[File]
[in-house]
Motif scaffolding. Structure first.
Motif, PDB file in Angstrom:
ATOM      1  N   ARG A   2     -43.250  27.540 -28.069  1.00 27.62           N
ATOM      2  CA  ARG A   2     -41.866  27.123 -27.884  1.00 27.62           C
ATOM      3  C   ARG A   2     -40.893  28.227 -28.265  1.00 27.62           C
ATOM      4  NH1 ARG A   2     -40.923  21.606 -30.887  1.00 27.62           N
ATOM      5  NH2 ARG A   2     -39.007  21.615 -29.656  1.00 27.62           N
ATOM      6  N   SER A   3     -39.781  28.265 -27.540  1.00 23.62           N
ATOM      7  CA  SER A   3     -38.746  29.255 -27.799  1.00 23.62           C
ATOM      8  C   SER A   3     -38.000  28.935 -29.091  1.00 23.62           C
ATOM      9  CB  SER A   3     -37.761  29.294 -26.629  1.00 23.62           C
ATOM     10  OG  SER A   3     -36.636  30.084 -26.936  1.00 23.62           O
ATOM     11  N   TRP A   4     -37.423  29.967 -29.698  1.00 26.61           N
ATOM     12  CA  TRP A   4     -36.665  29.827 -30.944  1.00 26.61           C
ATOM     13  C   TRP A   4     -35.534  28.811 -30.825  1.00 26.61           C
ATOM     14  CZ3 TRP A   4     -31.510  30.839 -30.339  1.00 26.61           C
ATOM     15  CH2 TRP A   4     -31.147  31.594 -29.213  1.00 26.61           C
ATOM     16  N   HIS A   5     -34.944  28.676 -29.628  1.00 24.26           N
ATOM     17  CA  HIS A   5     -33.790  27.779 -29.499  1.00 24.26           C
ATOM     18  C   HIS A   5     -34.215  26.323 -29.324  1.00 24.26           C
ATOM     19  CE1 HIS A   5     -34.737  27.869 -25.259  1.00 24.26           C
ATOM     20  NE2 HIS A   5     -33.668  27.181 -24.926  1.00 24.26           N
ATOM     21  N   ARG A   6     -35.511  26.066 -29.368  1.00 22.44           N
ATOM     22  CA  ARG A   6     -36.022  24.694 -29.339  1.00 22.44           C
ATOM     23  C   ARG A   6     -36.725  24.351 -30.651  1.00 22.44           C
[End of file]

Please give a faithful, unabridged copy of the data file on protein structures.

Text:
[in-house]
Motif scaffolding. Structure first.
Motif, PDB file in Angstrom:
ATOM      1  N   ARG A   2     -43.250  27.540 -28.069  1.00 27.62           N
ATOM      2  CA  ARG A   2     -41.866  27.123 -27.884  1.00 27.62           C
ATOM      3  C   ARG A   2     -40.893  28.227 -28.265  1.00 27.62           C
ATOM      4  NH1 ARG A   2     -40.923  21.606 -30.887  1.00 27.62           N
ATOM      5  NH2 ARG A   2     -39.007  21.615 -29.656  1.00 27.62           N
ATOM      6  N   SER A   3     -39.781  28.265 -27.540  1.00 23.62           N
ATOM      7  CA  SER A   3     -38.746  29.255 -27.799  1.00 23.62           C
ATOM      8  C   SER A   3     -38.000  28.935 -29.091  1.00 23.62           C
ATOM      9  CB  SER A   3     -37.761  29.294 -26.629  1.00 23.62           C
ATOM     10  OG  SER A   3     -36.636  30.084 -26.936  1.00 23.62           O
ATOM     11  N   TRP A   4     -37.423  29.967 -29.698  1.00 26.61           N
ATOM     12  CA  TRP A   4     -36.665  29.827 -30.944  1.00 26.61           C
ATOM     13  C   TRP A   4     -35.534  28.811 -30.825  1.00 26.61           C
ATOM     14  CZ3 TRP A   4     -31.510  30.839 -30.339  1.00 26.61           C
ATOM     15  CH2 TRP A   4     -31.147  31.594 -29.213  1.00 26.61           C
ATOM     16  N   HIS A   5     -34.944  28.676 -29.628  1.00 24.26           N
ATOM     17  CA  HIS A   5     -33.790  27.779 -29.499  1.00 24.26           C
ATOM     18  C   HIS A   5     -34.215  26.323 -29.324  1.00 24.26           C
ATOM     19  CE1 HIS A   5     -34.737  27.869 -25.259  1.00 24.26           C
ATOM     20  NE2 HIS A   5     -33.668  27.181 -24.926  1.00 24.26           N
ATOM     21  N   ARG A   6     -35.511  26.066 -29.368  1.00 22.44           N
ATOM     22  CA  ARG A   6     -36.022  24.694 -29.339  1.00 22.44           C
ATOM     23  C   ARG A   6     -36.725  24.351 -30.651  1.00 22.44           C